Wednesday, October 28, 2015
The Halloween home stretch: 'Caligari,'
'The Lodger,' and Chaney in 'West of Zanzibar'
Coming up: one final long weekend of Halloween-themed silent film screenings.
Highlights include accompanying a 35mm print of 'West of Zanzibar' (1928), the lurid Chaney/Browning thriller, on Saturday, Oct. 31, and no less than three screenings of Hitchcock's 'The Lodger' (1927).
But the spooky fun starts tonight with 'The Cabinet of Dr. Caligari' (1920) at Wellesley College, just outside Boston. Screening is at 6:30 p.m. at Collins Cinema in the Davis Museum Complex.
Admission is free; the film is part of retrospective on film-making of Weimar-era Germany. 'Cabinet' is a good choice this close to Halloween—the proto-Tim Burton set design alone is worth seeing this film, which probably seems more creepy today than it did when first released.
One of the challenges of 'Caligari' is that the film has several instances of the title character ringing a sizable (and seemingly very loud) hand bell to attract attention from passersby in a carnival midway.
So for an accompanist, the question becomes: "Should I try to match the obvious on-screen action by ringing a real bell right there during the screening?"
In the case of Caligari, I do actually ring a bell. Specifically, it's a large clangy brass bell that once belonged to my grandmother. It makes quite a racket, and the cues in Caligari are easy to match, so I go for it.
Likewise in the case of the Keaton short 'The Haunted House,' where the ghost traffic is so heavy, Buster ends up playing traffic cop to control a busy hallway. To do this, he uses a whistle to signal stop and go, and blowing an actual whistle (while keeping the music going) helps punch up the gag, I think.
But if I'm unsure of where the cues might be, or if a sound effect might distract from the on-screen moment, I hold off on matching what are often literally the "bells and whistles."
Why? Because if you're even just a little bit off, it breaks the spell that a successful silent movie screening creates. Or if it's a key dramatic moment, you don't want to rob it of any significance by doing something unexpected in the accompaniment.
Anyway, it's my only screening of 'Caligari' this Halloween season, so come to Wellesley College tonight if you're hankering for a Halloween helping of German Expressionism.
Then follows three screenings of Alfred Hitchcock's 'The Lodger' (1927), the title I've focused on for this Halloween cycle, having played for it twice already this month.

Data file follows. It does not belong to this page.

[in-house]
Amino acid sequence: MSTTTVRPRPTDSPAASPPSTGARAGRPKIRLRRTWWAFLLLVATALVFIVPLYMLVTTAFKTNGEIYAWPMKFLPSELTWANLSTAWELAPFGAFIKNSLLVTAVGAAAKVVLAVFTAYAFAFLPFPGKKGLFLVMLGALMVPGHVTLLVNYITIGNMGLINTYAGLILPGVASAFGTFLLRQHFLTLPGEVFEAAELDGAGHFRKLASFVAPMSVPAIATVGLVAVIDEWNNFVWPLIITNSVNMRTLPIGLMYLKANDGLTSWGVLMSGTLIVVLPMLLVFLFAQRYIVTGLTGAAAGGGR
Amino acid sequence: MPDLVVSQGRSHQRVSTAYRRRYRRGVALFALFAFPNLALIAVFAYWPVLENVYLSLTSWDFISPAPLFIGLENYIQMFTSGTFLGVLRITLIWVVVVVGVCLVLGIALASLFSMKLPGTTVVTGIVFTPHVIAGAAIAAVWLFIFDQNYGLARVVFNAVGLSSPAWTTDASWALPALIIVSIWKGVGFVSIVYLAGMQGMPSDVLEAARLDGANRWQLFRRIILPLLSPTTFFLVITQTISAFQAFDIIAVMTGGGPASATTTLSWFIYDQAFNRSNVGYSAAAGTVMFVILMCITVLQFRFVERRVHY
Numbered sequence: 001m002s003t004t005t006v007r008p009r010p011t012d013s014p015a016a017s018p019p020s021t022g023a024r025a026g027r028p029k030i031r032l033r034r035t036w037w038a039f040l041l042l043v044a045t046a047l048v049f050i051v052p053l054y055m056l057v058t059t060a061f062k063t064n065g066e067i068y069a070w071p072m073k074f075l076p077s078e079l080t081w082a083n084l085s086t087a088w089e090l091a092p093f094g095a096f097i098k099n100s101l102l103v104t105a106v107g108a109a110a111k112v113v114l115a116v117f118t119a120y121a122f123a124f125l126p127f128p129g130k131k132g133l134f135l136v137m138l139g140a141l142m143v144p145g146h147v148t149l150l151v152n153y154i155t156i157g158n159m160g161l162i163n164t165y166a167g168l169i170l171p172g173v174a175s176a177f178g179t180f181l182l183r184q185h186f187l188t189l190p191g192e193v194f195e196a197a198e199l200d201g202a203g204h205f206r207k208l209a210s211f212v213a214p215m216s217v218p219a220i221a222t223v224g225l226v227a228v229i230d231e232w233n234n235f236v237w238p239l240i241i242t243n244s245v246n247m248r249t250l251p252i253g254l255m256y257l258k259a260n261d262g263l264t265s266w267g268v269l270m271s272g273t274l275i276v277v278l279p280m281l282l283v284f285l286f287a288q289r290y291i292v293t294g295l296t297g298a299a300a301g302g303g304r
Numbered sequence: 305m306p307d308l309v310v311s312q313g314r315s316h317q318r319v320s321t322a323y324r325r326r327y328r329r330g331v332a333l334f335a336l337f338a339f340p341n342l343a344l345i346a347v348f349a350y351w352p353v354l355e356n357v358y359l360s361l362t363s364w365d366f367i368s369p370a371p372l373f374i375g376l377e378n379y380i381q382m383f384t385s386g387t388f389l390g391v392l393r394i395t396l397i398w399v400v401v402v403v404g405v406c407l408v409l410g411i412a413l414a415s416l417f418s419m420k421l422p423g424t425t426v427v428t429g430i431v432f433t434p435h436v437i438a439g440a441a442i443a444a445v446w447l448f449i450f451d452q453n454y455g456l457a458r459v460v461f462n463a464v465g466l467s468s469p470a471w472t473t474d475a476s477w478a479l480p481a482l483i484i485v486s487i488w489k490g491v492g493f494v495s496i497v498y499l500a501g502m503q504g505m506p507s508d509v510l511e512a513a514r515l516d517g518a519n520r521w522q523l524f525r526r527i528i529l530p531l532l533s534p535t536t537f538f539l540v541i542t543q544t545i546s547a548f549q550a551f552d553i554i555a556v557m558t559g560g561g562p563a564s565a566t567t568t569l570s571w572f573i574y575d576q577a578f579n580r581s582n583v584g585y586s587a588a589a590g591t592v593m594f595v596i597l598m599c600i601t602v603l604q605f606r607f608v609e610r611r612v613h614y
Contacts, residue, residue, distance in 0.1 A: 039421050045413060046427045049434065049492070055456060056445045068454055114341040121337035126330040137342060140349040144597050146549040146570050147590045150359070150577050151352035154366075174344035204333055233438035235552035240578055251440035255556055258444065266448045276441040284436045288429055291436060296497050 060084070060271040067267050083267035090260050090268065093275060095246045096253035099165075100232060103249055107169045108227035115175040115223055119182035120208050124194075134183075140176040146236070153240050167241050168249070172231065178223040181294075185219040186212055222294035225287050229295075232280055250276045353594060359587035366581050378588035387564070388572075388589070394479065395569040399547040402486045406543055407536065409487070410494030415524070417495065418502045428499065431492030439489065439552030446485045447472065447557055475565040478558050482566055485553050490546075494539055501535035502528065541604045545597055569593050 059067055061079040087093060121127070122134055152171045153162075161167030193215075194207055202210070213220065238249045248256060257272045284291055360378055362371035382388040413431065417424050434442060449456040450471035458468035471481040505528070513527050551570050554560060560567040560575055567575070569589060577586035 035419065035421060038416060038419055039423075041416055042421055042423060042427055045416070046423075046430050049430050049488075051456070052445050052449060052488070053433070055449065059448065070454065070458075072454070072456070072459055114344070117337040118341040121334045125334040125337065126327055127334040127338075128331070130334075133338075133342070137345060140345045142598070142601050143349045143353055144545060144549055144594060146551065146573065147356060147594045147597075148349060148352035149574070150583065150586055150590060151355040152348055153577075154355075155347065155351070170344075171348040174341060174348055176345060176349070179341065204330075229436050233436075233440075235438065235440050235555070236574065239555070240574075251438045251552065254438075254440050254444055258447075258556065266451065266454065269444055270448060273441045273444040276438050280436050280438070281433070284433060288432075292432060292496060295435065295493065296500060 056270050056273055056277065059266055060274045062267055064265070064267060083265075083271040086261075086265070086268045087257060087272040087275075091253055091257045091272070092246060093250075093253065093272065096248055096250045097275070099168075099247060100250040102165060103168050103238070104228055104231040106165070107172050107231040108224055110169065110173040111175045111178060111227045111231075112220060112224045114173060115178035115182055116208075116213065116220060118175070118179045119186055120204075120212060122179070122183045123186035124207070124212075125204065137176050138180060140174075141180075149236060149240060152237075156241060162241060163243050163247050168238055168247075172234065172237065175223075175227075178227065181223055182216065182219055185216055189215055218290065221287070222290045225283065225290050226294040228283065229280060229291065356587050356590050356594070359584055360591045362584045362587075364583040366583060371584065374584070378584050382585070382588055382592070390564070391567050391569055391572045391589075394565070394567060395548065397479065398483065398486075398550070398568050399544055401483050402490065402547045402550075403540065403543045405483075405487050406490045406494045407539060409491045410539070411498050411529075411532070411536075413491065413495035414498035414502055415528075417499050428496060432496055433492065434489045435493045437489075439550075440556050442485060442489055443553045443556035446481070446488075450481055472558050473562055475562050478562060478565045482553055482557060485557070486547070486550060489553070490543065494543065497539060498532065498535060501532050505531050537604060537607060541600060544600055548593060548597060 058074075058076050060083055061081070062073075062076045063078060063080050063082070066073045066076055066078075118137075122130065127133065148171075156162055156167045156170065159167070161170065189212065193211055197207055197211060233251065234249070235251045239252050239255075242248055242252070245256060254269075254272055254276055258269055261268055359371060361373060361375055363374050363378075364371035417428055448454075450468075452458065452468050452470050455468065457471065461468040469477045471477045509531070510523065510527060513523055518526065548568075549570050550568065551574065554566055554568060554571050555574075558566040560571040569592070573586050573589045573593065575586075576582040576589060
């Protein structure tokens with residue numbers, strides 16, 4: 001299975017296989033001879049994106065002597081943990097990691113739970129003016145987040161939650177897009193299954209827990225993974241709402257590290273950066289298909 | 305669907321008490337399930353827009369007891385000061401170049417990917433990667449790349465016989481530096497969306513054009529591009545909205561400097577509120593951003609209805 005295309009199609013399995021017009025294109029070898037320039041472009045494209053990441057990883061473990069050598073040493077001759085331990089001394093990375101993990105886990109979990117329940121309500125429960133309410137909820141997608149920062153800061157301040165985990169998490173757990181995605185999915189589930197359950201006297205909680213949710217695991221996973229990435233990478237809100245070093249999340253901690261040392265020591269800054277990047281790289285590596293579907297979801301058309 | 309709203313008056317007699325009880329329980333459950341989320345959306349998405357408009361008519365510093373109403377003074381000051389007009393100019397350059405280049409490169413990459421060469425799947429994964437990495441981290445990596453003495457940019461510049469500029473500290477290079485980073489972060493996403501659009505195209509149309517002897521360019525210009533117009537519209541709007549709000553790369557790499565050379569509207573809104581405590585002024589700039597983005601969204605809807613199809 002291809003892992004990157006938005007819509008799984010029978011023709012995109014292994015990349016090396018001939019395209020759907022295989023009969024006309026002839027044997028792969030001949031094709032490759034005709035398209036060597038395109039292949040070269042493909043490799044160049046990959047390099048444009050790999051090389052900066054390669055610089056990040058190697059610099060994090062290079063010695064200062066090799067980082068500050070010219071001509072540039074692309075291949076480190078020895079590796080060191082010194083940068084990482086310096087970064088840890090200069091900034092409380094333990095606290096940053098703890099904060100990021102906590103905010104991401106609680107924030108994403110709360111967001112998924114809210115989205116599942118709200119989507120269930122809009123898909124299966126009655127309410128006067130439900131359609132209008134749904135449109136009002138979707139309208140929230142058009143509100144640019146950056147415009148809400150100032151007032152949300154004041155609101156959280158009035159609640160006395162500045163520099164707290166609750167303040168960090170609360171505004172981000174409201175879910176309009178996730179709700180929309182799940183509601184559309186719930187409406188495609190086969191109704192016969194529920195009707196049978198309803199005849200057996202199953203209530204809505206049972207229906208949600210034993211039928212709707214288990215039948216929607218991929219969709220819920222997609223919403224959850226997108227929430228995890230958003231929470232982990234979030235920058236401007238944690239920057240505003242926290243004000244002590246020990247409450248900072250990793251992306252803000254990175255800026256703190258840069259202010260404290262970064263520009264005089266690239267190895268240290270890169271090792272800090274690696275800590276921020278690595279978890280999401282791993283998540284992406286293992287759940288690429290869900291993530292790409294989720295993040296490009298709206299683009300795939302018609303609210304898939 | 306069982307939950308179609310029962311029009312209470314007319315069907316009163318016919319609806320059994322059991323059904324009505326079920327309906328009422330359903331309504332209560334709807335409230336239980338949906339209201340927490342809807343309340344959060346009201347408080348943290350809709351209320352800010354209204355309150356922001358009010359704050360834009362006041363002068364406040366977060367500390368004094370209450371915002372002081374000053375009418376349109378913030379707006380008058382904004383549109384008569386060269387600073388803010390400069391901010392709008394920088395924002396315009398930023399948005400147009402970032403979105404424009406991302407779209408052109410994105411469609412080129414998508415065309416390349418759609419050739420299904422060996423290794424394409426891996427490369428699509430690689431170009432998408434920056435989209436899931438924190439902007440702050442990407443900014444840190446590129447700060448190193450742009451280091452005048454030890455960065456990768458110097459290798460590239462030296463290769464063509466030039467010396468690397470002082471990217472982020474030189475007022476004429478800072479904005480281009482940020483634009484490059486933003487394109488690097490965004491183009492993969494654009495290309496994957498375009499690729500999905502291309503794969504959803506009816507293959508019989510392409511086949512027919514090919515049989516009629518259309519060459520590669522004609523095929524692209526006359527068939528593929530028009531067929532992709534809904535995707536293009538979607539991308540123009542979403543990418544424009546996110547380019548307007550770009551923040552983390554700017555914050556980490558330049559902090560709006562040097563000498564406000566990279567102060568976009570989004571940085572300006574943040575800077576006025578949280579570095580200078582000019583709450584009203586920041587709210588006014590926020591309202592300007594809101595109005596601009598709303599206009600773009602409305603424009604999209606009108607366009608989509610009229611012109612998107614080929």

Let's see. The schedule looks like this:
• Thursday, Oct. 29, 2015, 7 p.m.: 'The Lodger'; Putnam Arts Lecture Hall, Keene State College, Keene, N.H. There's usually an admission charge for these screenings but I just checked and apparently this one is free and open to the public.
• Friday, Oct. 30, 2015, 7 p.m.: 'The Lodger'; Red River Theatres, 11 South Main St., Concord, N.H.; (603) 224-4600; http://www.redrivertheatres.org/. Great small non-profit venue that specializes in offbeat and independent films that otherwise wouldn't get shown in this part of the world. Admission $10 per person.
• Saturday, Oct. 31, 2015, 8 p.m.: 'The Lodger'; Leavitt Theatre, 259 Main St. Route 1, Ogunquit, Maine; (207) 646-3123; http://www.leavittheatre.com. The season-ending show in a vintage seaside resort one-screen theater that opened in 1923 and has barely changed since. Admission $10 per person.
That's a whole lot of Lodgers. But I think I have some good material in the style of Bernard Herrmann that helps bring out the "Hitchcock" qualities of the film, which can be found throughout this early feature from the director.
For more specifics about each screening, check the "Upcoming Silent Film Screenings" link at upper right.
But there's one more: 'West of Zanzibar' (1928), also on Saturday, Oct. 31.
From what I understand, the 35mm print of 'Zanzibar' is exceptionally well struck and in great shape. Also, it's very difficult to source 35mm prints of any of the MGM/Chaney/Browning pictures, so this is an extremely rare chance to see 'Zanzibar' in its native film format, projected on the enormous screen of the Somerville Theater's vintage 1914 main house.
It's quite a privilege to do live music for a film as bizarre as 'Zanzibar,' with Chaney playing a magician paralyzed from the waist down and bent on revenge against the man who crippled him and stole his beloved—a 20-year quest that leads to a showdown in the remote jungles of Africa. Classic Tod Browning madness, with no less than Lionel Barrymore in a key role.
Lurid, twisted, dark—and perfect for Halloween.
The marathon program begins at noon with 'West of Zanzibar'; other titles (all in 35mm) include 'Dracula' (1931), 'The Monster That Challenged the World' (1957); 'Seconds' (1966); 'Aliens' (1986); and 'The Lost Boys' (1987). Admission is one price for the whole 12-hour program, with tickets $30 per person.
I urge any classic film buffs in the Boston or New England area to consider making a pilgrimage to the Somerville to experience 'West of Zanzibar' on the big screen in 35mm, as well as the other marathon titles, all under the watchful eye and legendarily exacting standards of head projectionist David Kornfeld. It's an event not to be missed.
And then comes November, which brings silent film gigs in California and Virginia, among other places. More on that after Halloween!
One other thought: I'm always eager for new ways to attract audiences to silent cinema. So the other day, a friend suggested promoting the Chaney film as an inspirational tale for the disabled.
Being differently abled didn't prevent him from realizing his dreams of revenge!
Er—still thinking about that one.